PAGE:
Which solution did I use previously and why did I switch?
Before, when I first got to the organization, things happened. People were compromised. Outlook accounts were indicators of compromise. To this date, I'm not finding those as often when I'm being alerted.
How was the initial setup?
The initial setup was pretty much straightforward. We did some integrations to get it all done and implemented, then you're off and running.
The biggest drawback to the implementation was the organization. It took a little bit of time to buy because this is a different type of technology that the organization has not used, so going through the multiple meetings to give the benefits and what this provides us. That's a drawback in running the implementation.
The application only took a night to deploy. I'm talking about a few hours, but that was once everything was approved to go through.
We started with the critical data in the cloud. These type of datasets include the regulated data, such as HIPAA or PCI.
What about the implementation team?
We used our deployment managers. We took the training, then we used them. We didn't use any outside people.
There are two and a half people on my infrastructure team, including a consultant (who is not full-time). I am managing a lot of this solution myself by going in, cleaning up, and deactivating users. Users who leave the organization free up their places.
What was our ROI?
We are not a large IT shop. Anytime we can gain efficiencies and don't have to track down any false positives or false alerts, then we see ROI. With a small team, there's always that alert burnout where there can be so many alerts happening that it's just easier to do nothing. We don't find that. We find that we're able to get in and do a lot more of the infrastructure and things because the product works the way we expect it to.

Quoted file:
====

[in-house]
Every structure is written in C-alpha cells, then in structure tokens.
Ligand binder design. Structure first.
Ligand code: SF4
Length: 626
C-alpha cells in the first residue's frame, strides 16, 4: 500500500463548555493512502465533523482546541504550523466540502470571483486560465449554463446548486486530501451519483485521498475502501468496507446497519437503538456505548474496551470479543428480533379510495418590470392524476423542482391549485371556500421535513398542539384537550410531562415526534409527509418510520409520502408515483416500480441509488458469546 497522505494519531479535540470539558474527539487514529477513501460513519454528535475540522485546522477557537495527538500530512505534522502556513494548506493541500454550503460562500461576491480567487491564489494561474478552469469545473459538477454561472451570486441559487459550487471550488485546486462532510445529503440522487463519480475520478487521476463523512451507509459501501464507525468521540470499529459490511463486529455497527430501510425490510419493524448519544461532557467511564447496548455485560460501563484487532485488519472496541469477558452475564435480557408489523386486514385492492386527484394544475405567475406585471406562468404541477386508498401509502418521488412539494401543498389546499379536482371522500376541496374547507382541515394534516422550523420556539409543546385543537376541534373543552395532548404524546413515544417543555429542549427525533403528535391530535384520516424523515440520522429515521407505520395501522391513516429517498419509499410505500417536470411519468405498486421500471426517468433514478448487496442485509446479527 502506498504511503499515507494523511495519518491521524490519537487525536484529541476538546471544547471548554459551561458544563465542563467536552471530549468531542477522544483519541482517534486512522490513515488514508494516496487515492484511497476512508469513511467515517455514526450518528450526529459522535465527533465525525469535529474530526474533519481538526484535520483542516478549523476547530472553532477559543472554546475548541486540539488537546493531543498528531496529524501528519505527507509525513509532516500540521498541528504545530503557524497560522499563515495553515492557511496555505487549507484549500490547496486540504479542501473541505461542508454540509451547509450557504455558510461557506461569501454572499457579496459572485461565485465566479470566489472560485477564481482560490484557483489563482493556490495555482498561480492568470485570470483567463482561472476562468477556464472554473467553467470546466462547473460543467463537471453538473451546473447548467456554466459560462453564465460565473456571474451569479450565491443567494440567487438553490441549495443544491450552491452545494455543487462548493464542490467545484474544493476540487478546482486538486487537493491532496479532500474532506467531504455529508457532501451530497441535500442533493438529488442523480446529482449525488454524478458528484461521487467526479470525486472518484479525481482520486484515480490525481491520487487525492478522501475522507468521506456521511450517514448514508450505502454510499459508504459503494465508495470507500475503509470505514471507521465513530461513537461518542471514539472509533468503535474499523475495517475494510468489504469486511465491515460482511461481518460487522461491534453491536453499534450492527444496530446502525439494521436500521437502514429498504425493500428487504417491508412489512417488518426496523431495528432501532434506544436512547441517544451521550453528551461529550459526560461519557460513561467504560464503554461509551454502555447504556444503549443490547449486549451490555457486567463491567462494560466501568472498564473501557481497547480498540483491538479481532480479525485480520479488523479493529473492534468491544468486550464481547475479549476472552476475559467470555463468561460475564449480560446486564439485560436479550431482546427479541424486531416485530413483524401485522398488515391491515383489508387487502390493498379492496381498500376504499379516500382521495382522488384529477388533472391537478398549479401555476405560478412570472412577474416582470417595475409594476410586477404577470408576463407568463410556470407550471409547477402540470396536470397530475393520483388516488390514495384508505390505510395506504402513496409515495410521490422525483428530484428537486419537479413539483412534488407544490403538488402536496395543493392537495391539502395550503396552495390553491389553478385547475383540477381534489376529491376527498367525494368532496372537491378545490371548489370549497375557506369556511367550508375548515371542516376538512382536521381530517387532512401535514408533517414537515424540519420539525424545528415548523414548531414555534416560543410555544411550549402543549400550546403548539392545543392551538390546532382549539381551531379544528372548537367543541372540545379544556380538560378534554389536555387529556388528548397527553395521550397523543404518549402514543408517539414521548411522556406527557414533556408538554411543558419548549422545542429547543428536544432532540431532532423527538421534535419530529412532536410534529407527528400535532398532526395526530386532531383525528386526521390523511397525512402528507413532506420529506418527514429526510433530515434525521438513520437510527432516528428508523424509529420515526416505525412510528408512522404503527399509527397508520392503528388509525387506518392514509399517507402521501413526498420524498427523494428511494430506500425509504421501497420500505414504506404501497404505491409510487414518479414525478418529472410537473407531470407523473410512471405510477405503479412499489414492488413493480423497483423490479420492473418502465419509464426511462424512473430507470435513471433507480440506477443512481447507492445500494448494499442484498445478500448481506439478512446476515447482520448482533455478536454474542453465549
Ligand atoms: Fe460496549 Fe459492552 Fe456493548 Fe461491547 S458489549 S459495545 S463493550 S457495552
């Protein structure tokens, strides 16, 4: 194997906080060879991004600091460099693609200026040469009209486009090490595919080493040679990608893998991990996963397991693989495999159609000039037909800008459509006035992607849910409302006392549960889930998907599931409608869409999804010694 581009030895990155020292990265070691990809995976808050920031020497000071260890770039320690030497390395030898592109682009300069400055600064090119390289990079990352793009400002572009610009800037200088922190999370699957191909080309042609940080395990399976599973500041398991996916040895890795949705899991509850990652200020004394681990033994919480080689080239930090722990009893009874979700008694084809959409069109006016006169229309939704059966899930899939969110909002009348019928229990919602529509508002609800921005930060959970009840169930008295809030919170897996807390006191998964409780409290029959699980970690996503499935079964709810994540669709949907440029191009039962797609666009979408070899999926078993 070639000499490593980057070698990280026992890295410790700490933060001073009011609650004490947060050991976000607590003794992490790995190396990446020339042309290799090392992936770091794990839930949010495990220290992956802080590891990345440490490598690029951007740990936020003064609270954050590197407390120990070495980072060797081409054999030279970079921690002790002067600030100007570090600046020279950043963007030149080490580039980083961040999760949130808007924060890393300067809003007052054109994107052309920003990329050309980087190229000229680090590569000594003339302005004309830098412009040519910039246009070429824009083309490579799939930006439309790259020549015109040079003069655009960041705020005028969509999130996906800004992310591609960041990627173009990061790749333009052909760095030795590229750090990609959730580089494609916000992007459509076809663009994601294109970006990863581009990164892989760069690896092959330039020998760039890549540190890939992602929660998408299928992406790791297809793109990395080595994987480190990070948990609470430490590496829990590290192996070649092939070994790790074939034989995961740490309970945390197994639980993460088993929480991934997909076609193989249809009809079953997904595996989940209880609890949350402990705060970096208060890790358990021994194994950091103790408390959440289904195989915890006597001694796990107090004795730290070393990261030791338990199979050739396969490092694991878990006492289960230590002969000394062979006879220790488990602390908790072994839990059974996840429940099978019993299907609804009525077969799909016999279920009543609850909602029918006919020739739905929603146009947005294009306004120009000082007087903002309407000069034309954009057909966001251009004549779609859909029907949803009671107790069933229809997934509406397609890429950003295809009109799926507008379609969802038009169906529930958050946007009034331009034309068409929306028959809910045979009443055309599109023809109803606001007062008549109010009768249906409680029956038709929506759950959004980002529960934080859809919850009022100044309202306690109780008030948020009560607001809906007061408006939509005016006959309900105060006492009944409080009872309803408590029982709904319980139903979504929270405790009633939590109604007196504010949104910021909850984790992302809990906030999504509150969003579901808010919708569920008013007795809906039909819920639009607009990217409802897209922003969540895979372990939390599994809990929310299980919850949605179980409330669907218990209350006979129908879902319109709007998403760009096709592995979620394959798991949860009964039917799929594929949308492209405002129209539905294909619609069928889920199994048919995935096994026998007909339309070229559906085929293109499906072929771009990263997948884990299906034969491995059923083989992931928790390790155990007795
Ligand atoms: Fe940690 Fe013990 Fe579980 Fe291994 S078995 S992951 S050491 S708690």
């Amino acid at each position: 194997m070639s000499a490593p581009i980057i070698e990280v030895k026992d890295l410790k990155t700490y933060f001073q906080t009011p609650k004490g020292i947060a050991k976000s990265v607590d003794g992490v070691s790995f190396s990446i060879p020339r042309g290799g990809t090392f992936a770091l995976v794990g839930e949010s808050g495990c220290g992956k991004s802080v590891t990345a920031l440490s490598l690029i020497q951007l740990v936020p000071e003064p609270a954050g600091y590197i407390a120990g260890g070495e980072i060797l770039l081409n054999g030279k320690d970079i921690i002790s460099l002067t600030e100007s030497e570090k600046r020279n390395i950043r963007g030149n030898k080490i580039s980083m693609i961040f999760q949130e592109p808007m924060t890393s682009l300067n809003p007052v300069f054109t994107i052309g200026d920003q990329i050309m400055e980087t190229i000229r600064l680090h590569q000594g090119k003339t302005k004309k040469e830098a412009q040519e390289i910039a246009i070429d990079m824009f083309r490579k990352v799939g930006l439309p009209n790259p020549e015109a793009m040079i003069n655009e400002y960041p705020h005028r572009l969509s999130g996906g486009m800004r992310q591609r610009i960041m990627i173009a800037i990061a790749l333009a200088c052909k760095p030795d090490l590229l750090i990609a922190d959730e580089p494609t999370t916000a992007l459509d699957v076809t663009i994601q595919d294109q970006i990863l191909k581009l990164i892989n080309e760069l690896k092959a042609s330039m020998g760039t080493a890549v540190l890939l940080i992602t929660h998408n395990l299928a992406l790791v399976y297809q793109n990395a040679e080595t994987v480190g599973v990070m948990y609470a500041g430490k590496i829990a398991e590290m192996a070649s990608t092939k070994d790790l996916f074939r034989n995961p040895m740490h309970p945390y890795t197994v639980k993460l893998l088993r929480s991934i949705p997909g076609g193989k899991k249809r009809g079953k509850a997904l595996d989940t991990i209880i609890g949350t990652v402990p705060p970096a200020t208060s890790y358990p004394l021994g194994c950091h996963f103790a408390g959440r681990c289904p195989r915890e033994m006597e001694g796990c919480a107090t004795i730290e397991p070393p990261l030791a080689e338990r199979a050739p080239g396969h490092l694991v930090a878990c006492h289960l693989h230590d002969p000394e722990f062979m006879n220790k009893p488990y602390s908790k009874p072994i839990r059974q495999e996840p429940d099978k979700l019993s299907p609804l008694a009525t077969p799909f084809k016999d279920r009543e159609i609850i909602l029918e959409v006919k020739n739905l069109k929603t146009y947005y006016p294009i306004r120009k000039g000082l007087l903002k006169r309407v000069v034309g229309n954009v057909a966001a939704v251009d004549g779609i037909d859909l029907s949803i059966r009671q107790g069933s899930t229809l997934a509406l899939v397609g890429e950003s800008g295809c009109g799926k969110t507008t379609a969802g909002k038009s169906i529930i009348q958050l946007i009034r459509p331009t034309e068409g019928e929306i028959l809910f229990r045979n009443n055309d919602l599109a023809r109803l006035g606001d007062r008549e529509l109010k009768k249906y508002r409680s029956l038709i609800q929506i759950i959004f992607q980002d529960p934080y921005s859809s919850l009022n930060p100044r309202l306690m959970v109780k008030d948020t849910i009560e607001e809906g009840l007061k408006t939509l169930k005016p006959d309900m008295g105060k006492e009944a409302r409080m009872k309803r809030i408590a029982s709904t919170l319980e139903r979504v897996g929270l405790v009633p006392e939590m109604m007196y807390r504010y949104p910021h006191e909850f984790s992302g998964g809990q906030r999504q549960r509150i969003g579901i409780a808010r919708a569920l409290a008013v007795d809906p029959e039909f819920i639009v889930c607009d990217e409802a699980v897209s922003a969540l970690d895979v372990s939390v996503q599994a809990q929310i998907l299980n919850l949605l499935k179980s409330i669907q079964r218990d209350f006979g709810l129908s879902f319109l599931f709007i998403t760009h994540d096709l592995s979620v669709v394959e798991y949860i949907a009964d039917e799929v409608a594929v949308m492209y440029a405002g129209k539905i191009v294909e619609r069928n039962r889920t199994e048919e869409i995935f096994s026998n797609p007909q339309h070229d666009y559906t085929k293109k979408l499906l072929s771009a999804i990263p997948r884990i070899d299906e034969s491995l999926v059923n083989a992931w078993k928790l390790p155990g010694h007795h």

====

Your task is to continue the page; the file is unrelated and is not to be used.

What's my experience with pricing, setup cost, and licensing?
There is training involved. If you're going to add more people to it, such as cross train more of your group, there's a cost. Other than that, that's it. We have paid exactly what the invoices have said. We signed a three-year contract and not gone above it.
Understand what it is you're paying for with a CASB. Do your homework and understand what your use cases will be, because you will pay based on use case. Always be weary of someone who comes in and just wants to cut prices. If they're going to lose to a competitor and just whacks their price in half just to get the business. If it didn't match your needs based on what the product does in the beginning, you're going to be sorry. Know your use cases and purchase towards your use case. Make sure that you get a strategic business partner when it comes to your vendors.
Which other solutions did I evaluate?
I did do an exhaustive search when it came to selecting a CASB. We looked at other major players: Netskope, Symantec, and Skyhigh. We looked at a lot of them before we saw Bitglass.